Alley of St. Joseph, Manresa House of Retreats, Convent, Louisiana

Manresa alley, view from levee

Manresa alley, view from levee

These 100-plus year-old oaks are part of St. Joseph alley, located across River Road from the main building at Manresa House of Retreats, just upriver from the parish business offices in Convent, LA. (Convent is the Parish seat of St. James Parish.) The alley was planted at about the time the buildings were constructed around 1830; the largest tree in this alley is approximately 22’ in circumference. The alley is especially notable for its wide center space and a palpable atmosphere of peace and quiet.

St. Joseph statue and alley, river end of alley

St. Joseph statue and alley, river end of alley

This is due in part because Manresa is the site of ongoing non-denominational retreats for men hosted by Jesuit priests.  The ambience of the old trees and contemplative silence of the retreat participants seems to create an atmosphere of introspection. I’ve made some of my favorite oak images under the limbs of this alley.

You may see men walking the grounds on retreat, where they observe silence and reflect on their lives for several days at a time. The alley is named after St. Joseph (husband of Mary mother of Jesus). A second, younger alley, less than 50 years old, is just a few hundred feet upriver from the older alley. Manresa is a private facility, but visitors can walk among the trees on the riverside of the grounds.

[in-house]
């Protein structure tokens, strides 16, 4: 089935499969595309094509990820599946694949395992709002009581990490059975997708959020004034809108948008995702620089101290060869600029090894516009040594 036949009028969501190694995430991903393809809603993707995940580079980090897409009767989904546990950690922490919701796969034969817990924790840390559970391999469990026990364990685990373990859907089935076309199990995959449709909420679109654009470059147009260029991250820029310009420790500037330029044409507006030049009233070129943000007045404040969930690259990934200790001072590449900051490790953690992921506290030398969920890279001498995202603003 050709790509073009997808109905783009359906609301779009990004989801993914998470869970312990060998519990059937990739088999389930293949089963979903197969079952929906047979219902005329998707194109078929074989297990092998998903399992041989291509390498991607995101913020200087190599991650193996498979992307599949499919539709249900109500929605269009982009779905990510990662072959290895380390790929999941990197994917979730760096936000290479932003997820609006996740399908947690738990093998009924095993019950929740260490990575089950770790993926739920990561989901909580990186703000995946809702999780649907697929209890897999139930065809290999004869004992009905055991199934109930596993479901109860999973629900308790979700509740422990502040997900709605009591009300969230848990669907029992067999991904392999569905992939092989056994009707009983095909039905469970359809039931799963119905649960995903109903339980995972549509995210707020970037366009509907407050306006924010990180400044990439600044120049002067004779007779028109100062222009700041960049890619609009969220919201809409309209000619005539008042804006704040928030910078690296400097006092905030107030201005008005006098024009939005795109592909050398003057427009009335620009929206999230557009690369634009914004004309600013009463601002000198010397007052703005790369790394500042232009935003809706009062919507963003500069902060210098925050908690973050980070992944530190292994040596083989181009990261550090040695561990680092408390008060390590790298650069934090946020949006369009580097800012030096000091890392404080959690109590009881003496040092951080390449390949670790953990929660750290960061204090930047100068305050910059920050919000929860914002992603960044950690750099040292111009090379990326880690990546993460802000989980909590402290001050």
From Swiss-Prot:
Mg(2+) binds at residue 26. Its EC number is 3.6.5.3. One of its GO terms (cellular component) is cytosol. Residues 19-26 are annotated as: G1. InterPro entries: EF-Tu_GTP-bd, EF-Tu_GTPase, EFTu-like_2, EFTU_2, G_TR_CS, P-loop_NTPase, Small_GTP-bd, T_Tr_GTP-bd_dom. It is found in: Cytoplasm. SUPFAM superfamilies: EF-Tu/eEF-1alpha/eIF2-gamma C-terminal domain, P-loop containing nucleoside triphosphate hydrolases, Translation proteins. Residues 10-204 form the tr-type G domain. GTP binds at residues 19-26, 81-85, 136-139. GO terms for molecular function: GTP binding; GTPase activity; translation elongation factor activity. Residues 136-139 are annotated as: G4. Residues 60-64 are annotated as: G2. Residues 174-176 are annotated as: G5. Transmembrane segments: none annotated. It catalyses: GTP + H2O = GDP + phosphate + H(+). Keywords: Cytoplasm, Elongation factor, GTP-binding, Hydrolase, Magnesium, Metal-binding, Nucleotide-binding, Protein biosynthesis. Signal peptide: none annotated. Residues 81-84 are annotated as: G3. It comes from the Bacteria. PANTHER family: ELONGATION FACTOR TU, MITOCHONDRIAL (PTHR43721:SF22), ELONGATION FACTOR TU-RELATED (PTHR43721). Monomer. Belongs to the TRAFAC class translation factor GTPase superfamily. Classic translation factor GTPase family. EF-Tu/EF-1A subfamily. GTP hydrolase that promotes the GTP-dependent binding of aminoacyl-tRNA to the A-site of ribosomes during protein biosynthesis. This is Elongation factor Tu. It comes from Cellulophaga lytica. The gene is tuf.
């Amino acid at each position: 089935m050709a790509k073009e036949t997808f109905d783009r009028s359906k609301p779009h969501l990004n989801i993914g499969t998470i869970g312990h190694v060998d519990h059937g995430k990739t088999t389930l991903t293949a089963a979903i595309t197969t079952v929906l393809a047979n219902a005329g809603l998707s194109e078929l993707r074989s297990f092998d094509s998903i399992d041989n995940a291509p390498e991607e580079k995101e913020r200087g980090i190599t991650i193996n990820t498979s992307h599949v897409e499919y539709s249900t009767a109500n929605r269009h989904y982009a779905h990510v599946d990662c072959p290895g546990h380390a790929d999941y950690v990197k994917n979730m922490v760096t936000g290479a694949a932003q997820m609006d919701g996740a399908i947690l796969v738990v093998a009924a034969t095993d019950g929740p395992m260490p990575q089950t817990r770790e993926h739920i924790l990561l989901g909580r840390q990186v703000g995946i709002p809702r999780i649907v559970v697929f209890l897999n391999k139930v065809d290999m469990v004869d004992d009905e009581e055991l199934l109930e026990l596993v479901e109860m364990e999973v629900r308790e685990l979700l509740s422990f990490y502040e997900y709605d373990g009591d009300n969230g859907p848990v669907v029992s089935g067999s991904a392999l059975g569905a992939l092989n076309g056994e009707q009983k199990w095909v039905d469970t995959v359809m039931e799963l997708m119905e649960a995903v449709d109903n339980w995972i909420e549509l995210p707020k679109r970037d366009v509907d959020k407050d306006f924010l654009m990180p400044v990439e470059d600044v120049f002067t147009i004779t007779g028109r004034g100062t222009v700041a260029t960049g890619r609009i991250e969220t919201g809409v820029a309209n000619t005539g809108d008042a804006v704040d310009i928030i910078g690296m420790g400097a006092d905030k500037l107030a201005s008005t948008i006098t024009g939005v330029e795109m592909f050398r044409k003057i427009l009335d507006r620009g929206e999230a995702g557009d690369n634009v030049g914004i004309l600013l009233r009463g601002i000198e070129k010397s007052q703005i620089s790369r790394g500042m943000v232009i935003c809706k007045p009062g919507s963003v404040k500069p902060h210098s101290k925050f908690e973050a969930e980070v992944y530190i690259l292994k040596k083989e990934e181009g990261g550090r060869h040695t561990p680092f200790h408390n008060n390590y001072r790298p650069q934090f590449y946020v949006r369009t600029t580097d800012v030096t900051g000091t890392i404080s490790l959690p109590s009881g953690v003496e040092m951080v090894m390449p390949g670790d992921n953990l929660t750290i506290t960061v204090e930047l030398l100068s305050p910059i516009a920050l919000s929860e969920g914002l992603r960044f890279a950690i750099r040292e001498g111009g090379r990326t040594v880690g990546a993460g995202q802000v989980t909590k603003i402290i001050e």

Detail from alley: silhouette oak and young oak alley

Detail from alley: silhouette oak and young oak alley

Manresa House of Retreats was built around 1830. Originally named Jefferson College after Thomas Jefferson, it was a nonsectarian institution of higher learning where, prior to the Civil War, many wealthy Louisiana planters’ sons enrolled to receive a classical education. The main building, with its Greek-revival design, survived the Civil War as a barracks for federal troops. The college was purchased in 1864 by Valcour Aime, estimated to be the wealthiest man in Louisiana at the time. He donated the property and buildings of Jefferson College to the Catholic Marist Fathers who again operated the facility as a college. In 1931, Jesuit priests took over the school and have maintained it since as a retreat facility.

Oaks in east row in fog

Oaks in east row in fog

One thought on “Alley of St. Joseph, Manresa House of Retreats, Convent, Louisiana

  1. I just discovered your wonderful website. I grew up in Natchitoches, LA, and have always loved Live Oak trees. Your pictures remind me of home! Have you ever seen the Live Oak trees on one part of Williams Avenue in Natchitoches? That’s the street I grew up on, and those trees were the favorite part of town for me. I don’t know how old they are, but they form a cathedral over the street. I don’t remember now how many are there, but several grow on either side of the street. They are beautiful!

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